### Cloning quantum information from the past

##### January 8, 2014

It is theoretically possible for time travelers to copy quantum data from the past, according to three scientists in a recent paper in *Physical Review Letters*.

It all started when David Deutsch, a pioneer of quantum computing and a physicist at Oxford, came up with a simplified model of time travel to deal with the Grandfather paradox*. He solved the paradox originally using a slight change to quantum theory, proposing that you could change the past as long as you did so in a *self-consistent manner*.

“Meaning that, if you kill your grandfather, you do it with only probability one-half,” said *PRL* co-author Mark Wilde, an LSU assistant professor with a joint appointment in the Department of Physics and Astronomy and with the Center for Computation and Technology. “Then, he’s dead with probability one-half, and you are not born with probability one-half, but the opposite is a fair chance. You could have existed with probability one-half to go back and kill your grandfather.”

**No-cloning theorem**

But the Grandfather paradox is not the only complication with time travel. Another problem is the “no-cloning theorem,” or the no “subatomic Xerox-machine” theorem, known since 1982. This theorem, which is related to the fact that one cannot copy quantum data at will, is a consequence of Heisenberg’s Uncertainty Principle, by which one can measure either the position of a particle or its momentum, but not both with unlimited accuracy.

According to the Uncertainty Principle, it is thus impossible to have a subatomic Xerox-machine that would take one particle and spit out two particles with the same position and momentum — because then you would know too much about both particles at once.

“We can always look at a paper, and then copy the words on it. That’s what we call copying classical data,” Wilde said. “But you can’t arbitrarily copy quantum data, unless it takes the special form of classical data. This no-cloning theorem is a fundamental part of quantum mechanics — it helps us reason how to process quantum data. If you can’t copy data, then you have to think of everything in a very different way.”

**Looper**

But what if a Deutschian closed timelike curve *did* allow for copying of quantum data to many different points in space? Deutsch suggested in his paper that it should be possible to violate the fundamental no-cloning theorem of quantum mechanics. Now, Wilde and collaborators at the University of Southern California and the Autonomous University of Barcelona have advanced Deutsch’s 1991 work.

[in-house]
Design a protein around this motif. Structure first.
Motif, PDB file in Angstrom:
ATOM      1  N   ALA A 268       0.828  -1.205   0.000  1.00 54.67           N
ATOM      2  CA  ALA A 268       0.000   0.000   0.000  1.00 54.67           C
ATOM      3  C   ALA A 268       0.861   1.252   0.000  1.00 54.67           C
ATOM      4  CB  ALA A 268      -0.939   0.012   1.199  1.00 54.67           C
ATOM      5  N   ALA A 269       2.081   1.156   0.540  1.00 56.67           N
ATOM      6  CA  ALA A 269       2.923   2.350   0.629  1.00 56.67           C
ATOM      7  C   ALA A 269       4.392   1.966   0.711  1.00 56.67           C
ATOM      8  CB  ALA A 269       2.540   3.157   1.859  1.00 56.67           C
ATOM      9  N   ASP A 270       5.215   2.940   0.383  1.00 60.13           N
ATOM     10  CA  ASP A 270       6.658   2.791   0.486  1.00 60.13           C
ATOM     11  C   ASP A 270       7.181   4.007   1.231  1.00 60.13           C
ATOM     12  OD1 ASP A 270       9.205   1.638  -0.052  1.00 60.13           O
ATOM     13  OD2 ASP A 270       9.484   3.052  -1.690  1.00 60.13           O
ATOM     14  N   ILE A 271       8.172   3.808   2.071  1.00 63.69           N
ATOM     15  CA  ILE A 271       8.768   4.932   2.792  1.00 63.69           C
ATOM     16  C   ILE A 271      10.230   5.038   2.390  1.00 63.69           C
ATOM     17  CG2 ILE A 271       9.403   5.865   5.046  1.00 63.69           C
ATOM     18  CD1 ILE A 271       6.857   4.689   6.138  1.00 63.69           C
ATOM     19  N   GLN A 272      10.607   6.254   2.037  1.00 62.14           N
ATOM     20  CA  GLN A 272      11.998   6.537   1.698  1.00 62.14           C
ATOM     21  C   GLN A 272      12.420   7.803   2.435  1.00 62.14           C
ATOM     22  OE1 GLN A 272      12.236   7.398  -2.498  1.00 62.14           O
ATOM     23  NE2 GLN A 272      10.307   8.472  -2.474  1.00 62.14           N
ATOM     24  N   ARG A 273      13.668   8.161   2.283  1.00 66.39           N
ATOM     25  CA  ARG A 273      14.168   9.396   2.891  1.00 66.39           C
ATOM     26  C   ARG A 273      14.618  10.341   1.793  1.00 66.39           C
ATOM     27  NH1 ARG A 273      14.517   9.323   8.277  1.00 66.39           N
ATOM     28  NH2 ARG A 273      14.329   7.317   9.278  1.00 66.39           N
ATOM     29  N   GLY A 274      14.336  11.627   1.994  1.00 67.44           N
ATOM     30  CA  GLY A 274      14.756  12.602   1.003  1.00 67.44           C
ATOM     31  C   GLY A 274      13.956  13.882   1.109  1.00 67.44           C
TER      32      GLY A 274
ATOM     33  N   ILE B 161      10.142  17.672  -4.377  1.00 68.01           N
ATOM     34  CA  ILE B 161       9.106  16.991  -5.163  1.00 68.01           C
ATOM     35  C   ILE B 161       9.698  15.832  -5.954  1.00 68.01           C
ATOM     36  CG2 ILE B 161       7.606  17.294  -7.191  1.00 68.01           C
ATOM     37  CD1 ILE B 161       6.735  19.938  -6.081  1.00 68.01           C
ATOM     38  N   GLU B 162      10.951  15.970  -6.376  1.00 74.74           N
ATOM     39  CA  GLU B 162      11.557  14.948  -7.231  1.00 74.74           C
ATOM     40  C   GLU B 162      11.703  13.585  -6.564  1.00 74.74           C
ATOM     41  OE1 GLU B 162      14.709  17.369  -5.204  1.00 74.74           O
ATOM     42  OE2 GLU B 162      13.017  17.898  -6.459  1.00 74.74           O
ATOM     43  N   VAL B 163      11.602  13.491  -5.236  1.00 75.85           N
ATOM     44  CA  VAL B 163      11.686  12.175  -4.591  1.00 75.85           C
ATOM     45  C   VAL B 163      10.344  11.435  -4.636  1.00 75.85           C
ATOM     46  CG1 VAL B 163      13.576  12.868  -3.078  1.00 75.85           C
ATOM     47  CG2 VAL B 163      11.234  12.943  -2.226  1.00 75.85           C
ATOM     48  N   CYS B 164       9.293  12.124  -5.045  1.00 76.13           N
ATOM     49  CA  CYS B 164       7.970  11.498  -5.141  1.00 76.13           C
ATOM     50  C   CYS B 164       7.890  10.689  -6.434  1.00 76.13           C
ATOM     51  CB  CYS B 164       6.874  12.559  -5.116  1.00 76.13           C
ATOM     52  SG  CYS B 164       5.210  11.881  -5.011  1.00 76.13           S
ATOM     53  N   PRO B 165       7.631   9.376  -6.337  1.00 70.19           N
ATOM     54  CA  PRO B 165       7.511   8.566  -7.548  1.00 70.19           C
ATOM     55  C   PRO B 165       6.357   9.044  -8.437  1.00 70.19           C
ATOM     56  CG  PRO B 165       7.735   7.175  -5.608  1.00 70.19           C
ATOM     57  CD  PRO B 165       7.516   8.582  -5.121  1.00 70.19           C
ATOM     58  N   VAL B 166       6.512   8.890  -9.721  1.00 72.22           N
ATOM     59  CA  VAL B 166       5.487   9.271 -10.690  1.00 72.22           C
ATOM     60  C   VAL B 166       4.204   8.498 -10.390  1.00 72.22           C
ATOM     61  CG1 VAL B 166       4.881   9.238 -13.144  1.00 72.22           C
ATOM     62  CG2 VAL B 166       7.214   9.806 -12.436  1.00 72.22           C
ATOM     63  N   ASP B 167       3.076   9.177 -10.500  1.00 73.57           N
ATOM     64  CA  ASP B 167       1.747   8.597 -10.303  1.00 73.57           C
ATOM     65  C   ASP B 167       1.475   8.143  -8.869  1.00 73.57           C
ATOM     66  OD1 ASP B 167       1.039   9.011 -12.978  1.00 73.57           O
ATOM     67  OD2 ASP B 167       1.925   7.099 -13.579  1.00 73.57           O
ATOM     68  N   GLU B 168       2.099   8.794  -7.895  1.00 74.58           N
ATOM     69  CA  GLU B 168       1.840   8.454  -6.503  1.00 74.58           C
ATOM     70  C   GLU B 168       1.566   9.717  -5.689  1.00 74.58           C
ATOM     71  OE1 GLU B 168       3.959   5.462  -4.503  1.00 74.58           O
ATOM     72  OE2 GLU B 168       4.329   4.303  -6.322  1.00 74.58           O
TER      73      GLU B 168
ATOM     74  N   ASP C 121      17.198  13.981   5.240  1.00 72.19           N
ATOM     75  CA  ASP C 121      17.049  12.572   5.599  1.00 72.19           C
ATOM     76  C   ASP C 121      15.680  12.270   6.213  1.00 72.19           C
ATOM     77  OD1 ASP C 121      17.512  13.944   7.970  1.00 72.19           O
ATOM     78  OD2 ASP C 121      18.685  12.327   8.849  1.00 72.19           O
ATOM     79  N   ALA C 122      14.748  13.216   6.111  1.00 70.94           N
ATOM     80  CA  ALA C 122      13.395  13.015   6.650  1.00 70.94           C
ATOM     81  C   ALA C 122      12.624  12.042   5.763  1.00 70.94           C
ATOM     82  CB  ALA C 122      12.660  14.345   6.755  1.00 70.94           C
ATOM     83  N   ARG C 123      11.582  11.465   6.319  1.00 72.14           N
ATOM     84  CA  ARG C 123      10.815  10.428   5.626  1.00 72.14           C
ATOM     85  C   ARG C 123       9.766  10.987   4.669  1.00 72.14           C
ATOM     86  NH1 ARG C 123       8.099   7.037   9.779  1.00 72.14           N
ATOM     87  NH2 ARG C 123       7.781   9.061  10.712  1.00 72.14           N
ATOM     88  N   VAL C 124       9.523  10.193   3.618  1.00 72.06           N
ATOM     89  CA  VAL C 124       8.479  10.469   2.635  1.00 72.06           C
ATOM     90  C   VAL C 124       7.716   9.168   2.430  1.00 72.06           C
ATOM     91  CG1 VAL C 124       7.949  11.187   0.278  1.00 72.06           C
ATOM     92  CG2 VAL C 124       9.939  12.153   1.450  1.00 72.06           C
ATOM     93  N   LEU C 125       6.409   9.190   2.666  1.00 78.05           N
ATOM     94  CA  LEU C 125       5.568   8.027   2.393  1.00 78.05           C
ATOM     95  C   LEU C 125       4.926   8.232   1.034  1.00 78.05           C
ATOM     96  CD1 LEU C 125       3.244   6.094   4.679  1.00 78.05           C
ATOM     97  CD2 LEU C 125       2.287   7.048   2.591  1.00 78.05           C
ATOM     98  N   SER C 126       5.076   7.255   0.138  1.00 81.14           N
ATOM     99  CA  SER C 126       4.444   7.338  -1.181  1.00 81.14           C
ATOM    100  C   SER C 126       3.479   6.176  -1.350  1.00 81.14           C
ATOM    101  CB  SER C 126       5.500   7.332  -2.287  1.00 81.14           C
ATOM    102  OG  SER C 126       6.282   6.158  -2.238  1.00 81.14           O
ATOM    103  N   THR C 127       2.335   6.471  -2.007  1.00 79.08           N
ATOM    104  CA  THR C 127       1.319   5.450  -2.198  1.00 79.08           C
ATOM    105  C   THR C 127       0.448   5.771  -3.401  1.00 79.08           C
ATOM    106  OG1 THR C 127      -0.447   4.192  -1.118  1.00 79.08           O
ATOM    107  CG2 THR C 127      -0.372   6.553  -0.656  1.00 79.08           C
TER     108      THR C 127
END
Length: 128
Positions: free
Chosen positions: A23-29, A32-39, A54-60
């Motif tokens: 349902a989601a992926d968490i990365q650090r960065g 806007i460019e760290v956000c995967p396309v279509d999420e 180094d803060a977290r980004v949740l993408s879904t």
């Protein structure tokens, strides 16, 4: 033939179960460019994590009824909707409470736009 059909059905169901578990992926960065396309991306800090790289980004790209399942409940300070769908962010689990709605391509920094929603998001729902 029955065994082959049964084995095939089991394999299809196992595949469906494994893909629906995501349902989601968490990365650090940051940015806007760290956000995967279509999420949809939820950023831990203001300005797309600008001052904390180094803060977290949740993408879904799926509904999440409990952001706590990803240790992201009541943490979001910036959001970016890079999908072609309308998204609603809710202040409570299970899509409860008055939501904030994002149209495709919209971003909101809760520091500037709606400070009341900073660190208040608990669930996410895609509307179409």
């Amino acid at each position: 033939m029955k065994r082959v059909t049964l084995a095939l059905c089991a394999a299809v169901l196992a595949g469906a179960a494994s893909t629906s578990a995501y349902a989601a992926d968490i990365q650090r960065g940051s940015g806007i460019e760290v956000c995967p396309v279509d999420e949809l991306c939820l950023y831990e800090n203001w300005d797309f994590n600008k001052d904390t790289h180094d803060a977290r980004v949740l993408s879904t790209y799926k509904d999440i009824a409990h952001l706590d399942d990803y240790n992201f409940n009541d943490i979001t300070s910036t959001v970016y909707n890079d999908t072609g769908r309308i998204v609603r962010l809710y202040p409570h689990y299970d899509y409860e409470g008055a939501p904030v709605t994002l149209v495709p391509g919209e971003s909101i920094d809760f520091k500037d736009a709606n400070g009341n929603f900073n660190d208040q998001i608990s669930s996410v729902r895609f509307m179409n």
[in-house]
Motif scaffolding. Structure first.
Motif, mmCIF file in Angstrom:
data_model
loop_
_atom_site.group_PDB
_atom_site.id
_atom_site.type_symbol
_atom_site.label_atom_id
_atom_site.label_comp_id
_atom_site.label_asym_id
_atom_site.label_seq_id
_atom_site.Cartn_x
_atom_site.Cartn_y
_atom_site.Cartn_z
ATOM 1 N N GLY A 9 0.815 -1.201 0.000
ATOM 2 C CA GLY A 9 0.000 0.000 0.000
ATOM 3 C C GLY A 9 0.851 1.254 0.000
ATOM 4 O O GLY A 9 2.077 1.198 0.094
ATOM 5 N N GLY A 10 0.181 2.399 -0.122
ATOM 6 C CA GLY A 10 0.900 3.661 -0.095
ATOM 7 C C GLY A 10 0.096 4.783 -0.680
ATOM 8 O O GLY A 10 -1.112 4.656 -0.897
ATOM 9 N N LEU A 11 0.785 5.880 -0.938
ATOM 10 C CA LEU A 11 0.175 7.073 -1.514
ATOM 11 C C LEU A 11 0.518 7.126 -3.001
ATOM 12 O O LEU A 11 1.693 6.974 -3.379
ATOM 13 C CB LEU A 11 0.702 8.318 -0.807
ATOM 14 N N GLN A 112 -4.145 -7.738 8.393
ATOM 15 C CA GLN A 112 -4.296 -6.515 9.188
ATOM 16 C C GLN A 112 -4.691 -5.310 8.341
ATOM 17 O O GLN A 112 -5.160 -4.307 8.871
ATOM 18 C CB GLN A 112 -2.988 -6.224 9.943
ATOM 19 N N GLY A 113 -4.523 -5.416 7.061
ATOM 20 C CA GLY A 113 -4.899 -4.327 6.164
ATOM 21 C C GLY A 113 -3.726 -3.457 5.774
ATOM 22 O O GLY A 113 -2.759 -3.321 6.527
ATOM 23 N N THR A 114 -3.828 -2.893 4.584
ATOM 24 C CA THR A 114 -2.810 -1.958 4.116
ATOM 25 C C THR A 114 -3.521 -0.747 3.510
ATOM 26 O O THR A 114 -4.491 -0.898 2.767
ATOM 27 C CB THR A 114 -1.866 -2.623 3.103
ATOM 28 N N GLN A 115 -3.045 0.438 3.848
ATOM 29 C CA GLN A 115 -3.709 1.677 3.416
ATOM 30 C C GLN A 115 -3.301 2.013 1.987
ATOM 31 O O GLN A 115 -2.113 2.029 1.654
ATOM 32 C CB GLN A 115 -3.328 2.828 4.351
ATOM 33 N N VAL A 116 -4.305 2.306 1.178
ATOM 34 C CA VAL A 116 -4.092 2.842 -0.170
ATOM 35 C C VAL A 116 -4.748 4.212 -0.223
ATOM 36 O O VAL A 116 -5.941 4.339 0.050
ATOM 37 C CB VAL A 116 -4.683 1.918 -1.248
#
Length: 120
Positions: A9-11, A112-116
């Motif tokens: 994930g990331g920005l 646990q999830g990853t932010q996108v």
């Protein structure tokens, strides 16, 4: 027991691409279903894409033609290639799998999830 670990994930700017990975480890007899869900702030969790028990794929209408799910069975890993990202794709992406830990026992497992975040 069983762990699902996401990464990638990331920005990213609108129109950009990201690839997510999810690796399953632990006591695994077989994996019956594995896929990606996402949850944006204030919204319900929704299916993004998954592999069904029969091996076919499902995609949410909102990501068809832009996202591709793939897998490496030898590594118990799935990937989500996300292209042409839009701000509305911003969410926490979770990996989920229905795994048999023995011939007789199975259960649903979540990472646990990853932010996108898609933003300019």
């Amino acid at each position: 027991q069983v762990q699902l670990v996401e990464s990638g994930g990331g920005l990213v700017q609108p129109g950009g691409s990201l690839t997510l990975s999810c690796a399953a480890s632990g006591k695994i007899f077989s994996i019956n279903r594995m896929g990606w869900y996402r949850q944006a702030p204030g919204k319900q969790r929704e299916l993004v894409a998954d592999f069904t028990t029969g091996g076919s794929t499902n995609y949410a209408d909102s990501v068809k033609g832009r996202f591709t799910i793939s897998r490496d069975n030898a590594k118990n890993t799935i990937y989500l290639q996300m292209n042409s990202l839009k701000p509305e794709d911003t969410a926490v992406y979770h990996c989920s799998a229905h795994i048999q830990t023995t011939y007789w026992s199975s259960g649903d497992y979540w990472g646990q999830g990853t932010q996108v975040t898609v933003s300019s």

The new approach allows for a particle, or a time traveler, to make multiple loops back in time — something like Bruce Willis’ travels in the Hollywood film “Looper.”

“That is, at certain locations in spacetime, there are wormholes such that, if you jump in, you’ll emerge at some point in the past,” Wilde said. “To the best of our knowledge, these time loops are not ruled out by the laws of physics. But there are strange consequences for quantum information processing if their behavior is dictated by Deutsch’s model.”

A single looping path back in time, a time spiral of sorts, behaving according to Deutsch’s model, for example, would have to allow for a particle entering the loop to remain the same each time it passed through a particular point in time. In other words, the particle would need to maintain self-consistency as it looped back in time.

“In some sense, this already allows for copying of the particle’s data at many different points in space,” Wilde said, “because you are sending the particle back many times. It’s like you have multiple versions of the particle available at the same time. You can then attempt to read out more copies of the particle, but the thing is, if you try to do so as the particle loops back in time, then you change the past.”

To be consistent with Deutsch’s model, which holds that you can only change the past as long as you can do it in a self-consistent manner, Wilde and colleagues had to come up with a solution that would allow for a looping curve back in time, and copying of quantum data based on a time traveling particle, *without* disturbing the past.

“That was the major breakthrough, to figure out what could happen at the beginning of this time loop to enable us to effectively read out many copies of the data without disturbing the past,” Wilde said. “It just worked.”

However, there is still some controversy over interpretations of the new approach, Wilde said. In one instance, the new approach may actually point to problems in Deutsch’s original closed timelike curve model.

“If quantum mechanics gets modified in such a way that we’ve never observed should happen, it may be evidence that we should question Deutsch’s model,” Wilde said. “We really believe that quantum mechanics is true, at this point. And most people believe in a principle called Unitarity in quantum mechanics. But with our new model, we’ve shown that you can essentially violate something that is a direct consequence of Unitarity. To me, this is an indication that something weird is going on with Deutsch’s model. However, there might be some way of modifying the model in such a way that we don’t violate the no-cloning theorem.”

Other researchers argue that Wilde’s approach wouldn’t actually allow for copying quantum data from an unknown particle state entering the time loop because nature would already “know” what the particle looked like, as it had traveled back in time many times before.